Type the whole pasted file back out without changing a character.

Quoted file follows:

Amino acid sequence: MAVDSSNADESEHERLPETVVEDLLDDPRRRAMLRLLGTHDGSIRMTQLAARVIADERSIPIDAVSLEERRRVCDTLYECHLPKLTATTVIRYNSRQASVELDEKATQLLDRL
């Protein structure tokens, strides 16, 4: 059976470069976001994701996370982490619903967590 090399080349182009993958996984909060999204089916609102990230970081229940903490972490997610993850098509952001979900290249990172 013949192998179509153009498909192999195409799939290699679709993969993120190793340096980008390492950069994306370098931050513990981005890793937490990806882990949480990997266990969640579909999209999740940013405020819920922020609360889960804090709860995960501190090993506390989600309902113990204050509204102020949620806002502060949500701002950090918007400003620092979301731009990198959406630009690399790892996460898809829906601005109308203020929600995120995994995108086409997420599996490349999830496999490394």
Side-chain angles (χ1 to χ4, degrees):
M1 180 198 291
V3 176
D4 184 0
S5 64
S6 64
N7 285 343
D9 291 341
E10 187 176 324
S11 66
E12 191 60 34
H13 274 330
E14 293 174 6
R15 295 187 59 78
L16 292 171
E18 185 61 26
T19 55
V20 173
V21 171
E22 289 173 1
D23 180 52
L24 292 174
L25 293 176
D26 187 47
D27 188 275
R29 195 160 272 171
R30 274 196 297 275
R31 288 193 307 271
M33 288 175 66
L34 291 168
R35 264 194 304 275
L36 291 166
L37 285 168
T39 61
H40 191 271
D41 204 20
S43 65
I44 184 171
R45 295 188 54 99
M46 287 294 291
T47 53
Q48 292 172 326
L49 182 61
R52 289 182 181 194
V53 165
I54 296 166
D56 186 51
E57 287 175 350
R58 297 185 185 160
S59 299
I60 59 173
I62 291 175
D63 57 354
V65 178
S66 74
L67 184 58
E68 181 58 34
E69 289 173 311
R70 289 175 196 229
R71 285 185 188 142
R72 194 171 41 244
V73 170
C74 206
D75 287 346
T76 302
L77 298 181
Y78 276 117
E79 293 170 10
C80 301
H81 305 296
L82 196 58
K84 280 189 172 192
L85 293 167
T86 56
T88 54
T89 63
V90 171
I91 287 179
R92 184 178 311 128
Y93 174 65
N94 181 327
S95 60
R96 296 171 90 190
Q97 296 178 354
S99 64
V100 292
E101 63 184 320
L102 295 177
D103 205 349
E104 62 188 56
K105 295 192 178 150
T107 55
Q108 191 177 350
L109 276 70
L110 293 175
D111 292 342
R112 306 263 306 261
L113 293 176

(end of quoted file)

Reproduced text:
Amino acid sequence: MAVDSSNADESEHERLPETVVEDLLDDPRRRAMLRLLGTHDGSIRMTQLAARVIADERSIPIDAVSLEERRRVCDTLYECHLPKLTATTVIRYNSRQASVELDEKATQLLDRL
């Protein structure tokens, strides 16, 4: 059976470069976001994701996370982490619903967590 090399080349182009993958996984909060999204089916609102990230970081229940903490972490997610993850098509952001979900290249990172 013949192998179509153009498909192999195409799939290699679709993969993120190793340096980008390492950069994306370098931050513990981005890793937490990806882990949480990997266990969640579909999209999740940013405020819920922020609360889960804090709860995960501190090993506390989600309902113990204050509204102020949620806002502060949500701002950090918007400003620092979301731009990198959406630009690399790892996460898809829906601005109308203020929600995120995994995108086409997420599996490349999830496999490394």
Side-chain angles (χ1 to χ4, degrees):
M1 180 198 291
V3 176
D4 184 0
S5 64
S6 64
N7 285 343
D9 291 341
E10 187 176 324
S11 66
E12 191 60 34
H13 274 330
E14 293 174 6
R15 295 187 59 78
L16 292 171
E18 185 61 26
T19 55
V20 173
V21 171
E22 289 173 1
D23 180 52
L24 292 174
L25 293 176
D26 187 47
D27 188 275
R29 195 160 272 171
R30 274 196 297 275
R31 288 193 307 271
M33 288 175 66
L34 291 168
R35 264 194 304 275
L36 291 166
L37 285 168
T39 61
H40 191 271
D41 204 20
S43 65
I44 184 171
R45 295 188 54 99
M46 287 294 291
T47 53
Q48 292 172 326
L49 182 61
R52 289 182 181 194
V53 165
I54 296 166
D56 186 51
E57 287 175 350
R58 297 185 185 160
S59 299
I60 59 173
I62 291 175
D63 57 354
V65 178
S66 74
L67 184 58
E68 181 58 34
E69 289 173 311
R70 289 175 196 229
R71 285 185 188 142
R72 194 171 41 244
V73 170
C74 206
D75 287 346
T76 302
L77 298 181
Y78 276 117
E79 293 170 10
C80 301
H81 305 296
L82 196 58
K84 280 189 172 192
L85 293 167
T86 56
T88 54
T89 63
V90 171
I91 287 179
R92 184 178 311 128
Y93 174 65
N94 181 327
S95 60
R96 296 171 90 190
Q97 296 178 354
S99 64
V100 292
E101 63 184 320
L102 295 177
D103 205 349
E104 62 188 56
K105 295 192 178 150
T107 55
Q108 191 177 350
L109 276 70
L110 293 175
D111 292 342
R112 306 263 306 261
L113 293 176